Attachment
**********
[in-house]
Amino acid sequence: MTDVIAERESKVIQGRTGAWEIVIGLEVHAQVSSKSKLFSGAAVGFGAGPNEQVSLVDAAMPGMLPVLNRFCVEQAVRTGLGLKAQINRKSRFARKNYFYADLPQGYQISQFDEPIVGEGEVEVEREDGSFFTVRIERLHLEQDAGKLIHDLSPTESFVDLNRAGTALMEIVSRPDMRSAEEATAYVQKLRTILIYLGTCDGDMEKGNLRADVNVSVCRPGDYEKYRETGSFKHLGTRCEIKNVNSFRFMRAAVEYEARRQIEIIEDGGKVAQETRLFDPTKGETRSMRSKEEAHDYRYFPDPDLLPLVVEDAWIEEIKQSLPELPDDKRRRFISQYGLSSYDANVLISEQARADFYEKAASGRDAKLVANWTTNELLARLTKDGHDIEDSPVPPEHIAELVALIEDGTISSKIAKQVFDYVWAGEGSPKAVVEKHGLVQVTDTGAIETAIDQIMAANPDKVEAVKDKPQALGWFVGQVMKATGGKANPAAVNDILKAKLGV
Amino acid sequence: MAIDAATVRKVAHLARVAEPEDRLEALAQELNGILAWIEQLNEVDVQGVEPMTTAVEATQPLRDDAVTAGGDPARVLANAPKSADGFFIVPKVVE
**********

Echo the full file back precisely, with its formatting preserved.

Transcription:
[in-house]
Amino acid sequence: MTDVIAERESKVIQGRTGAWEIVIGLEVHAQVSSKSKLFSGAAVGFGAGPNEQVSLVDAAMPGMLPVLNRFCVEQAVRTGLGLKAQINRKSRFARKNYFYADLPQGYQISQFDEPIVGEGEVEVEREDGSFFTVRIERLHLEQDAGKLIHDLSPTESFVDLNRAGTALMEIVSRPDMRSAEEATAYVQKLRTILIYLGTCDGDMEKGNLRADVNVSVCRPGDYEKYRETGSFKHLGTRCEIKNVNSFRFMRAAVEYEARRQIEIIEDGGKVAQETRLFDPTKGETRSMRSKEEAHDYRYFPDPDLLPLVVEDAWIEEIKQSLPELPDDKRRRFISQYGLSSYDANVLISEQARADFYEKAASGRDAKLVANWTTNELLARLTKDGHDIEDSPVPPEHIAELVALIEDGTISSKIAKQVFDYVWAGEGSPKAVVEKHGLVQVTDTGAIETAIDQIMAANPDKVEAVKDKPQALGWFVGQVMKATGGKANPAAVNDILKAKLGV
Amino acid sequence: MAIDAATVRKVAHLARVAEPEDRLEALAQELNGILAWIEQLNEVDVQGVEPMTTAVEATQPLRDDAVTAGGDPARVLANAPKSADGFFIVPKVVE